In terms of direct firepower there is no comparison between the 155 mm Bofors field howitzer and the “non-lethal” pellet-guns of Kashmir infamy, but the political back blast of both is as devastating as it is unending. Every now and then kickbacks in the Swedish gun deal ~ which caused the ouster of the Rajiv Gandhi government ~ hits fresh headlines, while the fires of alienation of the people of the Kashmir Valley are consistently re-fuelled by the government’s refusal to withdraw those much condemned riot-control weapons from the central and state police forces in J&K.
The pellet-gun controversy has been recently revived, following a report from the Indian chapter of the respected human rights crusader, Amnesty International. In a study captioned “Losing Sight in Kashmir” the organisation has highlighted the cases of 88 persons “whose eyesight was damaged by metal pellets fired from pump-action shotguns used by the J&K police and CRPF between 2014 and 2107.” The report also stressed the victims having faced “serious physical and mental issues, including symptoms of psychological trauma”.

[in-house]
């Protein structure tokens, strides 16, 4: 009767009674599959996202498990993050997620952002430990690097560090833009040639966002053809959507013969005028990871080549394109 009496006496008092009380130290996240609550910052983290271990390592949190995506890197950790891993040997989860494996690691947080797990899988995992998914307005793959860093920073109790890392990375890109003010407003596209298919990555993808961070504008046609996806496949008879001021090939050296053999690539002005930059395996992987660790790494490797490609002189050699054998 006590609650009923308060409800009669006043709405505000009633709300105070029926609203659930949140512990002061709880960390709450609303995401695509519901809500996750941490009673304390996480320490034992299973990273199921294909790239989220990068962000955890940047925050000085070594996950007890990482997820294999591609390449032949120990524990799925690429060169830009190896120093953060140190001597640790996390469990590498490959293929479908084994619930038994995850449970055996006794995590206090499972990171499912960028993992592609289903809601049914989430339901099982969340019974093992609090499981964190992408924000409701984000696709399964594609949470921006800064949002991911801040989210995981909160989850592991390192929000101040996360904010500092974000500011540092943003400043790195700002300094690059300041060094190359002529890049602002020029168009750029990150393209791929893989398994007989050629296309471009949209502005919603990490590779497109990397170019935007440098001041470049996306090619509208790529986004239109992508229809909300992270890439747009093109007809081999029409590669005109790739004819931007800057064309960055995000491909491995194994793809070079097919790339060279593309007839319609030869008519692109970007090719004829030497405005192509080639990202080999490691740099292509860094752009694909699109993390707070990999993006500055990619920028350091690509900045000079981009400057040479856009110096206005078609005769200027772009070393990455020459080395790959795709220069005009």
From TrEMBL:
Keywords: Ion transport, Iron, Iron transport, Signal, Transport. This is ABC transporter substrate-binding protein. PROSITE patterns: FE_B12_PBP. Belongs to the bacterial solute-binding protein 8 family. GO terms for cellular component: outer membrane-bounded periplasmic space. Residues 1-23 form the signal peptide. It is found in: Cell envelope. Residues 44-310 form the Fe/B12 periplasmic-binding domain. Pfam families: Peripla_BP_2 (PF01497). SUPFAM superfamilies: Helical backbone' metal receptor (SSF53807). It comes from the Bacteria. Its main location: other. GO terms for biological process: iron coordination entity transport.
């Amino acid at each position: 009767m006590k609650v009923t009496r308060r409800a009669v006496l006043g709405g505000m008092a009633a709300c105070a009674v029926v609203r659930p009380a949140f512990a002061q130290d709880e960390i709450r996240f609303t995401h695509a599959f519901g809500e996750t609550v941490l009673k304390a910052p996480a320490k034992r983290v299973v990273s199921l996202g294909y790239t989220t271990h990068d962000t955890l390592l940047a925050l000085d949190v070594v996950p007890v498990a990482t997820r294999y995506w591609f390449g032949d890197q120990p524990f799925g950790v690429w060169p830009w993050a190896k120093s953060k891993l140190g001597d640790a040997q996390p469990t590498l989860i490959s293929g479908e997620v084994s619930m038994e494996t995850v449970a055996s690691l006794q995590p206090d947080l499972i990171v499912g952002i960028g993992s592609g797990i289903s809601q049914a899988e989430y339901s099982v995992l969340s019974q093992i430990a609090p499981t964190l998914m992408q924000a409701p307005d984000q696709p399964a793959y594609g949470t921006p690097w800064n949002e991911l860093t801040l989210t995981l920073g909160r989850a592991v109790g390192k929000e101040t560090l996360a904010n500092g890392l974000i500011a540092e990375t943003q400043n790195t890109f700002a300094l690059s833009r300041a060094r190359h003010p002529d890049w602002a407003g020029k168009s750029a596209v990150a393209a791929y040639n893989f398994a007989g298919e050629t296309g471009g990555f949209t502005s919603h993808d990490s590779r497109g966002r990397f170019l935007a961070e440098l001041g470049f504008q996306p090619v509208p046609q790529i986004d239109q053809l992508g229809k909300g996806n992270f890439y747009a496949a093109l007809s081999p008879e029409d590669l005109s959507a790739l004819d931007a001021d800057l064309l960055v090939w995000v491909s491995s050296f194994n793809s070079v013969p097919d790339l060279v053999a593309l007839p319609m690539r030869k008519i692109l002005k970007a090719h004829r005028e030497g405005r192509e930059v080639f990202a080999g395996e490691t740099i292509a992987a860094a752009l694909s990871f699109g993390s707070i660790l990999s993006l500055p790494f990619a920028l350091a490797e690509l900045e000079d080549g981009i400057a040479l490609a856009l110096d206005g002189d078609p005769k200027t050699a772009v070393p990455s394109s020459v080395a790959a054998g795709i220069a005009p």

The report noted several cases in which the pellets remained in the skull of victims as doctors felt their sight would be risked by surgical intervention to try and remove them ~ though there could be long-term implications of the metal remaining embedded in their bodies. It is not as though the pellet-guns have been slammed for the first time.
Even the all-party delegation that had visited the Valley in 2016 had demanded their scrapping, The CRPF had announced a scheme to modify the weapons, instructions were issued not to fire them at the face or upper bodies of rioters but damage to the eyes continued to be reported. The home ministry had directed they be used as a last option, in the “rarest of rare cases”, but all such action bore little fruit.
Perhaps an admission of shame is the Ishapur ordnance factory, where the weapon was made, deleting the pellet-guns from its website hailing its products. The cops’ preference for the weapon is confirmed by the home minister having just admitted the failure of PAVA guns, touted as an alternative.
The pellet-guns were introduced in 2010 when stone-throwing first rocked the Valley: Omar Abdullah was chief minister then, and Manmohan Singh called the shots in New Delhi. The “politics” of the story is not a Congress-BJP or NC-PDP scrap, but the fact that they have not been used anywhere else in the country. On Independence Day Narendra Modi had stated that ‘gallis and gollis’ were no answer to Kashmir’s problems, and Rajnath Singh has recently attempted to extend that welcome outreach.
Withdrawing the pellet-guns would have given a practical dimension to the revised strategy for as long as they retain a place in the police armoury, “peace” overtures will have a hollow ring.